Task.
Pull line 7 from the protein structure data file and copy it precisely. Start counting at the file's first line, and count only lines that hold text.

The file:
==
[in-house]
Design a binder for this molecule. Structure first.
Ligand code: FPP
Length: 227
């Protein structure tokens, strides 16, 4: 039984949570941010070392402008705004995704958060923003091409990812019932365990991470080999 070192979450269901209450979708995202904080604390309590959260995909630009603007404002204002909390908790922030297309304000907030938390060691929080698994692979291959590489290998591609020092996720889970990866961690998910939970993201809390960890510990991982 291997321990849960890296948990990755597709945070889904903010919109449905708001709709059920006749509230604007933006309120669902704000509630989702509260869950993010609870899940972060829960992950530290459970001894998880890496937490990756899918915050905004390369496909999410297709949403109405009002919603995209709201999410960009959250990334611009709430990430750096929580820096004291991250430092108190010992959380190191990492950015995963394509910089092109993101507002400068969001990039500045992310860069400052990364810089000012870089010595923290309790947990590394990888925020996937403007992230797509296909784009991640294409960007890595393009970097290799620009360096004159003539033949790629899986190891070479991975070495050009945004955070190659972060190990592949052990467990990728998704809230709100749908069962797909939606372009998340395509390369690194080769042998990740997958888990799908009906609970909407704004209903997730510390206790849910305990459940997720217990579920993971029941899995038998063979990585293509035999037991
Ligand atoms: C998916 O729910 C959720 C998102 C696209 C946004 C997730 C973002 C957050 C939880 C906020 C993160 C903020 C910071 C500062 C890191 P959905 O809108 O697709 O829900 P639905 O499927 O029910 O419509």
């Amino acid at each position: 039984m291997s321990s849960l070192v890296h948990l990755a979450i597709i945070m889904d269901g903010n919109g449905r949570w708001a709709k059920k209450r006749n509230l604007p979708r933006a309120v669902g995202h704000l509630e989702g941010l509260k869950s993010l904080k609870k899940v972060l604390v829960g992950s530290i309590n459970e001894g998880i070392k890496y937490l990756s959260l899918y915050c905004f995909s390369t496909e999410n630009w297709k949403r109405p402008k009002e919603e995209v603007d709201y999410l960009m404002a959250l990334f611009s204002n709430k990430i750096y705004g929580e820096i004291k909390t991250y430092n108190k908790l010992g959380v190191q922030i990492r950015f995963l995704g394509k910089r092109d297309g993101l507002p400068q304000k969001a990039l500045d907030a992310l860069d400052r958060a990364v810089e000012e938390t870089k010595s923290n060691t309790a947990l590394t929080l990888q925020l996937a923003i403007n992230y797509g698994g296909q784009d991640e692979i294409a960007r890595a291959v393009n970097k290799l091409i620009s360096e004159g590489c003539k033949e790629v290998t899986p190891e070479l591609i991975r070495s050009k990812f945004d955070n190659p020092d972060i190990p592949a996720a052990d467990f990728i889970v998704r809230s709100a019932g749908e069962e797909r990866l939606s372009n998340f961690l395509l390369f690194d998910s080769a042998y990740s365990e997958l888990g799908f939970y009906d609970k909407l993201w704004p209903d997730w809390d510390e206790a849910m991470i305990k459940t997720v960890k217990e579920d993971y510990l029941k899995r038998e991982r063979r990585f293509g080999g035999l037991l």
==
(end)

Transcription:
């Amino acid at each position: 039984m291997s321990s849960l070192v890296h948990l990755a979450i597709i945070m889904d269901g903010n919109g449905r949570w708001a709709k059920k209450r006749n509230l604007p979708r933006a309120v669902g995202h704000l509630e989702g941010l509260k869950s993010l904080k609870k899940v972060l604390v829960g992950s530290i309590n459970e001894g998880i070392k890496y937490l990756s959260l899918y915050c905004f995909s390369t496909e999410n630009w297709k949403r109405p402008k009002e919603e995209v603007d709201y999410l960009m404002a959250l990334f611009s204002n709430k990430i750096y705004g929580e820096i004291k909390t991250y430092n108190k908790l010992g959380v190191q922030i990492r950015f995963l995704g394509k910089r092109d297309g993101l507002p400068q304000k969001a990039l500045d907030a992310l860069d400052r958060a990364v810089e000012e938390t870089k010595s923290n060691t309790a947990l590394t929080l990888q925020l996937a923003i403007n992230y797509g698994g296909q784009d991640e692979i294409a960007r890595a291959v393009n970097k290799l091409i620009s360096e004159g590489c003539k033949e790629v290998t899986p190891e070479l591609i991975r070495s050009k990812f945004d955070n190659p020092d972060i190990p592949a996720a052990d467990f990728i889970v998704r809230s709100a019932g749908e069962e797909r990866l939606s372009n998340f961690l395509l390369f690194d998910s080769a042998y990740s365990e997958l888990g799908f939970y009906d609970k909407l993201w704004p209903d997730w809390d510390e206790a849910m991470i305990k459940t997720v960890k217990e579920d993971y510990l029941k899995r038998e991982r063979r990585f293509g080999g035999l037991l």